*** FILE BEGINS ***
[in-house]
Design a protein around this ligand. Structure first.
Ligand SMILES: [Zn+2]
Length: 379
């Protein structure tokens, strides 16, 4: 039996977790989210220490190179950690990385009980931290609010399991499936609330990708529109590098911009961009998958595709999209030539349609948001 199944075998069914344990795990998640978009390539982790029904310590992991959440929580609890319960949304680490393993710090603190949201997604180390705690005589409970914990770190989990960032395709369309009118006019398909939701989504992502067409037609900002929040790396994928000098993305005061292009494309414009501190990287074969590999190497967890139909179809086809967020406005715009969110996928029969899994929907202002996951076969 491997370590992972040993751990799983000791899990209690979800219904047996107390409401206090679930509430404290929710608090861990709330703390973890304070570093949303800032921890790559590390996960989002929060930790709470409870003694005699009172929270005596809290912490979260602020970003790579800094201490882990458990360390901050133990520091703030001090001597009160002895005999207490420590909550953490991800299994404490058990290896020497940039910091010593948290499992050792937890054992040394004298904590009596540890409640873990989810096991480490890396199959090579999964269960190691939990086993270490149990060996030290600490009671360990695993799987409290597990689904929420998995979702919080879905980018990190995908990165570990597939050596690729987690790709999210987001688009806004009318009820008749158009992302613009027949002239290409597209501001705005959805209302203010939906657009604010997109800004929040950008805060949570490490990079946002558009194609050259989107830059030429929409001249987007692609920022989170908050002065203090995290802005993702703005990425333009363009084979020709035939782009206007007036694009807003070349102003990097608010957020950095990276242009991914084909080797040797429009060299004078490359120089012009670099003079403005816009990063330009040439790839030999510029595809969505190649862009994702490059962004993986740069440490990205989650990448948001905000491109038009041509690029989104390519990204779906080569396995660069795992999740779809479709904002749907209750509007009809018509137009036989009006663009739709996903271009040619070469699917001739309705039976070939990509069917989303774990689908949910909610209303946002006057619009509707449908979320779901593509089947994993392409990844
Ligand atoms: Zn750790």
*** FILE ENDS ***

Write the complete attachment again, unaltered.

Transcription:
[in-house]
Design a protein around this ligand. Structure first.
Ligand SMILES: [Zn+2]
Length: 379
């Protein structure tokens, strides 16, 4: 039996977790989210220490190179950690990385009980931290609010399991499936609330990708529109590098911009961009998958595709999209030539349609948001 199944075998069914344990795990998640978009390539982790029904310590992991959440929580609890319960949304680490393993710090603190949201997604180390705690005589409970914990770190989990960032395709369309009118006019398909939701989504992502067409037609900002929040790396994928000098993305005061292009494309414009501190990287074969590999190497967890139909179809086809967020406005715009969110996928029969899994929907202002996951076969 491997370590992972040993751990799983000791899990209690979800219904047996107390409401206090679930509430404290929710608090861990709330703390973890304070570093949303800032921890790559590390996960989002929060930790709470409870003694005699009172929270005596809290912490979260602020970003790579800094201490882990458990360390901050133990520091703030001090001597009160002895005999207490420590909550953490991800299994404490058990290896020497940039910091010593948290499992050792937890054992040394004298904590009596540890409640873990989810096991480490890396199959090579999964269960190691939990086993270490149990060996030290600490009671360990695993799987409290597990689904929420998995979702919080879905980018990190995908990165570990597939050596690729987690790709999210987001688009806004009318009820008749158009992302613009027949002239290409597209501001705005959805209302203010939906657009604010997109800004929040950008805060949570490490990079946002558009194609050259989107830059030429929409001249987007692609920022989170908050002065203090995290802005993702703005990425333009363009084979020709035939782009206007007036694009807003070349102003990097608010957020950095990276242009991914084909080797040797429009060299004078490359120089012009670099003079403005816009990063330009040439790839030999510029595809969505190649862009994702490059962004993986740069440490990205989650990448948001905000491109038009041509690029989104390519990204779906080569396995660069795992999740779809479709904002749907209750509007009809018509137009036989009006663009739709996903271009040619070469699917001739309705039976070939990509069917989303774990689908949910909610209303946002006057619009509707449908979320779901593509089947994993392409990844
Ligand atoms: Zn750790």